Pakistan plans to build several new nuclear reactors: official

Aims to get 20 per cent of its power from nuclear energy


Reuters November 01, 2017
File photo of a nuclear reactor. PHOTO: AFP

ABU DHABI: Pakistan plans to build at least three to four big reactors as it targets nuclear power capacity of 8,800 megawatts (MW) by 2030, atomic energy commission chairman said.

Pakistan has five small reactors in operation with combined capacity of just over 1300MW. The last one in the four-reactor Chashma plant in Punjab, built by China National Nuclear Corp (CNNC), went into operation in September this year.

It is also building two Chinese Hualong One reactors with a capacity of 1100MW each near Karachi. Muhammad Naeem, Chairman of the Pakistan Atomic Energy Commission, told Reuters these two new reactors are now 60 per cent and 40 per cent complete respectively and should become operational in 2020 and 2021.

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Government is also in the final stages of awarding contracts for an eighth nuclear reactor with 1100MW capacity which would take the country’s total nuclear capacity to about 5,000MW when it is finished.

“We could award the contracts before year-end,” Naeem told Reuters on the sidelines of a nuclear conference in Abu Dhabi.

He declined to say how many contenders are in the race and whether non-Chinese bidders may be in the running.

Pakistan’s five operating reactors - including a tiny 125MW Canadian-built reactor in Karachi in operation since 1972 - generate just five per cent of the country’s electricity, with the rest coming from oil, gas and some hydropower.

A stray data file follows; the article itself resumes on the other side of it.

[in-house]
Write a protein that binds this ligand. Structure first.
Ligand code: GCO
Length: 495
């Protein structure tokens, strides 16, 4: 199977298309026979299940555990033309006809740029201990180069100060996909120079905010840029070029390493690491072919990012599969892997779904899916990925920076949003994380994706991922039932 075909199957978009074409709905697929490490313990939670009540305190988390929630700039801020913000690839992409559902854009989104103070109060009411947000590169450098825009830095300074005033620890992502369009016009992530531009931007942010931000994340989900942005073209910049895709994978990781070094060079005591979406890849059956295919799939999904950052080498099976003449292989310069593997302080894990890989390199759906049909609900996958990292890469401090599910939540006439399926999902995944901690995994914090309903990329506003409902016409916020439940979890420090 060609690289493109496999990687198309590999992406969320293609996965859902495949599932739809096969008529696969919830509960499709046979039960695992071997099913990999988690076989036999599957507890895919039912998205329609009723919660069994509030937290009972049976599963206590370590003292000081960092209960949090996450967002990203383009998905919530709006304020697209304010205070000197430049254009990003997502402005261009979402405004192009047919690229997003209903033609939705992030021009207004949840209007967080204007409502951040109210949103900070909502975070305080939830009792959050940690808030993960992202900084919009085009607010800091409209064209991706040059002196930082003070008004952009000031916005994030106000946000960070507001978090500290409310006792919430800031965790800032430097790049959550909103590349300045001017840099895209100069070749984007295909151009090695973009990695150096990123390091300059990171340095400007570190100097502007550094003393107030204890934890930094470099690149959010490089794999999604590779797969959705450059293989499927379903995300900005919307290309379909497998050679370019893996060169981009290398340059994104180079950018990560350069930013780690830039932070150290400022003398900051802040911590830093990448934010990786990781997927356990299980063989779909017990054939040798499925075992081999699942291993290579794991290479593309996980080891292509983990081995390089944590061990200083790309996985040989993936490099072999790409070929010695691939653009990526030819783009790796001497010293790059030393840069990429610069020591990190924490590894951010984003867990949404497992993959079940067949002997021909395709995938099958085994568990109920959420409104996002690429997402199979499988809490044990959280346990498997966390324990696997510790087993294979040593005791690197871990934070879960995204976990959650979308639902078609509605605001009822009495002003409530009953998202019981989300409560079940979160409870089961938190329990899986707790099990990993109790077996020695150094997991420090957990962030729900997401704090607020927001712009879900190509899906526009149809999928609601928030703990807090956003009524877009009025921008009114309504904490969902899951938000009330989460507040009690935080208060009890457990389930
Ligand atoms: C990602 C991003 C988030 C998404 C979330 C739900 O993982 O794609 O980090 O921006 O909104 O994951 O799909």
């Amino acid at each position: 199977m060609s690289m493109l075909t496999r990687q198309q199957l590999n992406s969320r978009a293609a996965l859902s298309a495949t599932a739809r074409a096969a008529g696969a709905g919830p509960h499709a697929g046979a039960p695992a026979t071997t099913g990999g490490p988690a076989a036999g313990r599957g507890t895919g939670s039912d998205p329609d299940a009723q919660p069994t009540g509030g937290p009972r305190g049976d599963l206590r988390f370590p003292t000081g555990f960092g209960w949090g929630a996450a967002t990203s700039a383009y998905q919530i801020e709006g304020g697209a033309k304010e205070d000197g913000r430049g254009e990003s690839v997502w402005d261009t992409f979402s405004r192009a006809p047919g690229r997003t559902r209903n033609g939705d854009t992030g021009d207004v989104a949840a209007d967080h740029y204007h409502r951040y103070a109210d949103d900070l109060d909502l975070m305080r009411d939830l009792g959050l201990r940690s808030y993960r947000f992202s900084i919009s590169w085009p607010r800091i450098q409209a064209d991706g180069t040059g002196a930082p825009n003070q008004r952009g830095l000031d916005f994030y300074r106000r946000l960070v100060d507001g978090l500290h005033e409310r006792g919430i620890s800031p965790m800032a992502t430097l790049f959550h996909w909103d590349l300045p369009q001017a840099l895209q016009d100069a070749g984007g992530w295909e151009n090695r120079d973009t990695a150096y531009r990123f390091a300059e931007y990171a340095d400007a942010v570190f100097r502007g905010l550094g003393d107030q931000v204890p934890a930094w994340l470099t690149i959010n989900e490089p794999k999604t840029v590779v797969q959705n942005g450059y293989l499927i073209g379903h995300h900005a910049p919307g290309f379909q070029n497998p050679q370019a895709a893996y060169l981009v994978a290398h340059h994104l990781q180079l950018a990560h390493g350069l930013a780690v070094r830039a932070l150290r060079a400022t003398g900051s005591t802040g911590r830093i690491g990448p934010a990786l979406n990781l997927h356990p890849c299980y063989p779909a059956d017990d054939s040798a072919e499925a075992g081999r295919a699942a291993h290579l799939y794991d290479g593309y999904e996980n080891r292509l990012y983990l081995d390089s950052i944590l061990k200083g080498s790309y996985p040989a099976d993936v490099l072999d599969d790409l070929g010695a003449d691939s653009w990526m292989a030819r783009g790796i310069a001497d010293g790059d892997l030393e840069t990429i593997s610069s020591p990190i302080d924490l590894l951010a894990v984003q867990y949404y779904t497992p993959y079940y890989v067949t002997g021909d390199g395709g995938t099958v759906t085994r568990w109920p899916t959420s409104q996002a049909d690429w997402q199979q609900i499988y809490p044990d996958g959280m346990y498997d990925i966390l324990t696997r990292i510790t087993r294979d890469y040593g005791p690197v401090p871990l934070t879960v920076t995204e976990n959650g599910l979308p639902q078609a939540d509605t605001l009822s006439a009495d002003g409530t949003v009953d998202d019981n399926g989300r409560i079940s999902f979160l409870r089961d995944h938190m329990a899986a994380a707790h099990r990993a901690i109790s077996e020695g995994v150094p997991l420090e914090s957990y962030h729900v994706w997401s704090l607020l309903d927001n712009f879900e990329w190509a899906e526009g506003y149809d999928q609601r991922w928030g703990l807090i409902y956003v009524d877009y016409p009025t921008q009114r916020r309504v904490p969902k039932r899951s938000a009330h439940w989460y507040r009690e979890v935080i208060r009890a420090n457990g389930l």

With about one-quarter of Pakistan’s population having no access to electricity, the government said late last year that it wants to boost nuclear capacity to 8,800 MW, or about 20 per cent of power generation capacity, by 2030.

Naeem said that the government is looking at building at least three to four more big nuclear reactors before 2030 in order to reach that target.

Chashma expansion: Country’s fifth nuclear power plant comes online

“We have the plans in place, we are watching for proven technologies,” he said, adding that funding would come from the state budget and loans. He did not specify whether countries other than China may be invited to bid.

COMMENTS (1)

Candy | 4 years ago | Reply A plan for nuclear waste disposal and setting aside funds for their eventual dismantlement should be prerequisites for building nuclear power plants - Pakistan has neither. Last I looked Pakistan had the oldest running nuclear power plant on the planet - that's because it can't afford to dismantle it. Dismantlement is very expense and always overlooked by those who claim that nuclear power is inexpensive.
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